By 1974, when I came to write the Irish Industrial Revolution, the unofficial policy document of the Workers Party, I had come to a classic Marxist conclusion. . . Commercial agriculture, driven by the Common Market, was a necessary stage in the modernisation of Irish society. Accordingly, it should be supported by any progressive party of the working class.
Why? Because the Common Market, by concentrating land ownership in fewer hands, was creating the political conditions for the future State interventions in land policy. This lead to a fruitful dialogue with Joe Murray, editor of agricultural programmes, who died last week (and to whom Fintan O'Toole paid a fine tribute in last week's Irish Times, reminding us that RTE treated Murray badly over the Larry Goodman affair).
Murray and myself, while disagreeing about ends, were agreed about the means. We both wanted an end to the degrading poverty of subsistence farming. Joe because he believed in commercially viable farms, me because I believed it would eventually make possible the political control of land policy by means of a land tax.
In recent years I have abandoned or modified my Marxist views. But not those about class. I still believe that the land of Ireland is a scene of class struggle, no matter how civilly conducted. Today, as I had hoped, the rural bourgeoisie is much reduced in numbers (soon there will be only some 50,000 strong farmers) and is thus more amenable to political pressure -- as proved by the PAYE campaign.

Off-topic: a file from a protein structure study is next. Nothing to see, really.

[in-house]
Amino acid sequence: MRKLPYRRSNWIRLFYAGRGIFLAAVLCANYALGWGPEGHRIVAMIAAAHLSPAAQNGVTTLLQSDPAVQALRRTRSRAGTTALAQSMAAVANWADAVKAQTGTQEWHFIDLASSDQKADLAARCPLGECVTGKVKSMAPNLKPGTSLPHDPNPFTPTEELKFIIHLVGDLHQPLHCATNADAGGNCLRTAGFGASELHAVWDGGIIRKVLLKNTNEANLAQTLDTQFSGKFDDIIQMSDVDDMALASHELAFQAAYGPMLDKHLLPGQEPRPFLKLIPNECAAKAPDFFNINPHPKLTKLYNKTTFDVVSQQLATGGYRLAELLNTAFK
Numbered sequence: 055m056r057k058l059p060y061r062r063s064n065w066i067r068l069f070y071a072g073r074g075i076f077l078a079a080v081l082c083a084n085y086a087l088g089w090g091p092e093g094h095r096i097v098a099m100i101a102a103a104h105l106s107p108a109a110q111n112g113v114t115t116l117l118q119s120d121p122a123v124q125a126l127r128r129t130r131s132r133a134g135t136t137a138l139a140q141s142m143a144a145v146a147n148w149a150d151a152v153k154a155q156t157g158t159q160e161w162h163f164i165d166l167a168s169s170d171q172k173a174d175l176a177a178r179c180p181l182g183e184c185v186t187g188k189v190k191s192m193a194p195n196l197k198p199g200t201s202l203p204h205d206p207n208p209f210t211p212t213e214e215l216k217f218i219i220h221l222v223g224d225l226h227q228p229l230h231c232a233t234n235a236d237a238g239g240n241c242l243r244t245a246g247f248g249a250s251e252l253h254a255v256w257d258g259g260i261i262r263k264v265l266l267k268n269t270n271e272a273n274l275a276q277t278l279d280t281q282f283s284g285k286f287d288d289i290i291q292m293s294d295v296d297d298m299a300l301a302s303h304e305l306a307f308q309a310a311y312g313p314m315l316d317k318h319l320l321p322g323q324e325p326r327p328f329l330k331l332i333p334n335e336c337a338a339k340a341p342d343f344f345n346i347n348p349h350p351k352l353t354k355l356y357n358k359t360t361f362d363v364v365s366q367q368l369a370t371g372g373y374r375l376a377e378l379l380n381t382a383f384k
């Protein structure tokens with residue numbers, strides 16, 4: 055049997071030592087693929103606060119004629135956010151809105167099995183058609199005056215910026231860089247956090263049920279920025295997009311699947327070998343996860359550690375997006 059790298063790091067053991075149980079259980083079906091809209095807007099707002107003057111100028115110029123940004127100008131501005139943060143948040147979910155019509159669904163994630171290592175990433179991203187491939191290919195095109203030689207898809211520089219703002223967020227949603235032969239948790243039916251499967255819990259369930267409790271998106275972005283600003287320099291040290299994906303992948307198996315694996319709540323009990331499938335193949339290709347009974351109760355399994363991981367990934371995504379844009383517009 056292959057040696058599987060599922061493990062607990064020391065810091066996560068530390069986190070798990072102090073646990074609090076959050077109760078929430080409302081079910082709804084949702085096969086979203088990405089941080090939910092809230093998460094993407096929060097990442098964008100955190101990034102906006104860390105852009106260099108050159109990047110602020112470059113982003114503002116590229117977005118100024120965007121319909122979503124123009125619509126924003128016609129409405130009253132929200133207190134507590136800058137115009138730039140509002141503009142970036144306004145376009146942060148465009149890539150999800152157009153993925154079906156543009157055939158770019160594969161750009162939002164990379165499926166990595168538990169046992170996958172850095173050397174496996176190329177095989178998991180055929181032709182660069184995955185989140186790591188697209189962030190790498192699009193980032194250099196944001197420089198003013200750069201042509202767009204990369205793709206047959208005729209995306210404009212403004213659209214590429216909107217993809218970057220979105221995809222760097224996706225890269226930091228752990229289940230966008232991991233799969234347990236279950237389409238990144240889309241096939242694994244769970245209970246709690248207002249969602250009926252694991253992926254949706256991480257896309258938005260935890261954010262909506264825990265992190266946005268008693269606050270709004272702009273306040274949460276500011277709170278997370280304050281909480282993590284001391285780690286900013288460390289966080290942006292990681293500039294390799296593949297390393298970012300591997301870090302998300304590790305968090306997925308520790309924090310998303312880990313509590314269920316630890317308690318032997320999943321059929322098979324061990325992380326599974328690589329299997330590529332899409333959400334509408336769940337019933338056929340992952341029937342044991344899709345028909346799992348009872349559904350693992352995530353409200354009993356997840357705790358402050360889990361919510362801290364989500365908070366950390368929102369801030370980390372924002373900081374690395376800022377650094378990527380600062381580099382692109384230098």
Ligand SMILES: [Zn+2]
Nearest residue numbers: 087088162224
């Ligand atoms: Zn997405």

This then was the prism through which I viewed Sean O Mordha's two films. Behind their lyrical form these ferociously intelligent films dealt with nothing less than the dialectic between De Valera and Marx in relation to rural Ireland: the first focusing on the romantic ideal, the second showing the shadows on the landscape.
So far, De Valera, not Marx, has dominated our discourse. He saw rural Ireland as a repository of moral virtues. Watching the admirable O'Grady family at work, we would have to agree. The geographer William Nolan speculated on some surprising sources for the strong work ethic of some Tipperary farmers.
"All the landlords associated with this place were of origin Cromwellian. And they brought a very strong Puritan ethic into this landscape -- an ethic of work and moral probity in some respects. And I think we have a lot of that in our own psychology."